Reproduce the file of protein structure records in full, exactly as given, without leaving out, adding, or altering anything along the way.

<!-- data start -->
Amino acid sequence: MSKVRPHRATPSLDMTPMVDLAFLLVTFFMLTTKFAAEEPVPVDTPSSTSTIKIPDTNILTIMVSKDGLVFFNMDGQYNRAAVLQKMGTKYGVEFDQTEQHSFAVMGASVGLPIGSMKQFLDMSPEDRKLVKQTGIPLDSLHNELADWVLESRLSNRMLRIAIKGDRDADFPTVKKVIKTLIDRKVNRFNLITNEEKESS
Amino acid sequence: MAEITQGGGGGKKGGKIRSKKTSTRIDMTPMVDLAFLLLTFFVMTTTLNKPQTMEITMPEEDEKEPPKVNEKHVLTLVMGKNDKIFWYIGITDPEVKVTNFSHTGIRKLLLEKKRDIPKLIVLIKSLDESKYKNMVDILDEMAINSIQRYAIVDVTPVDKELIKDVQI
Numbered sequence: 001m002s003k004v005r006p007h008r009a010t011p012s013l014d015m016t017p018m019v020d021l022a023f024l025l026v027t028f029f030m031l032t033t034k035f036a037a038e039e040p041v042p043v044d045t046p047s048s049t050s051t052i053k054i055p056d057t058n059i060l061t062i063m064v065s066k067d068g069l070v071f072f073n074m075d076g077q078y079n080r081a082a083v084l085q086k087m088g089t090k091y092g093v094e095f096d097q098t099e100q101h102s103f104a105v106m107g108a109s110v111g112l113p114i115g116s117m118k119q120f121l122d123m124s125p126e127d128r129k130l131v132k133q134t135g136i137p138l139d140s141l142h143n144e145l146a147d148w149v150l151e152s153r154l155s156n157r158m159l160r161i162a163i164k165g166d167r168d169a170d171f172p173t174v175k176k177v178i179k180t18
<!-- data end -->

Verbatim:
Amino acid sequence: MSKVRPHRATPSLDMTPMVDLAFLLVTFFMLTTKFAAEEPVPVDTPSSTSTIKIPDTNILTIMVSKDGLVFFNMDGQYNRAAVLQKMGTKYGVEFDQTEQHSFAVMGASVGLPIGSMKQFLDMSPEDRKLVKQTGIPLDSLHNELADWVLESRLSNRMLRIAIKGDRDADFPTVKKVIKTLIDRKVNRFNLITNEEKESS
Amino acid sequence: MAEITQGGGGGKKGGKIRSKKTSTRIDMTPMVDLAFLLLTFFVMTTTLNKPQTMEITMPEEDEKEPPKVNEKHVLTLVMGKNDKIFWYIGITDPEVKVTNFSHTGIRKLLLEKKRDIPKLIVLIKSLDESKYKNMVDILDEMAINSIQRYAIVDVTPVDKELIKDVQI
Numbered sequence: 001m002s003k004v005r006p007h008r009a010t011p012s013l014d015m016t017p018m019v020d021l022a023f024l025l026v027t028f029f030m031l032t033t034k035f036a037a038e039e040p041v042p043v044d045t046p047s048s049t050s051t052i053k054i055p056d057t058n059i060l061t062i063m064v065s066k067d068g069l070v071f072f073n074m075d076g077q078y079n080r081a082a083v084l085q086k087m088g089t090k091y092g093v094e095f096d097q098t099e100q101h102s103f104a105v106m107g108a109s110v111g112l113p114i115g116s117m118k119q120f121l122d123m124s125p126e127d128r129k130l131v132k133q134t135g136i137p138l139d140s141l142h143n144e145l146a147d148w149v150l151e152s153r154l155s156n157r158m159l160r161i162a163i164k165g166d167r168d169a170d171f172p173t174v175k176k177v178i179k180t18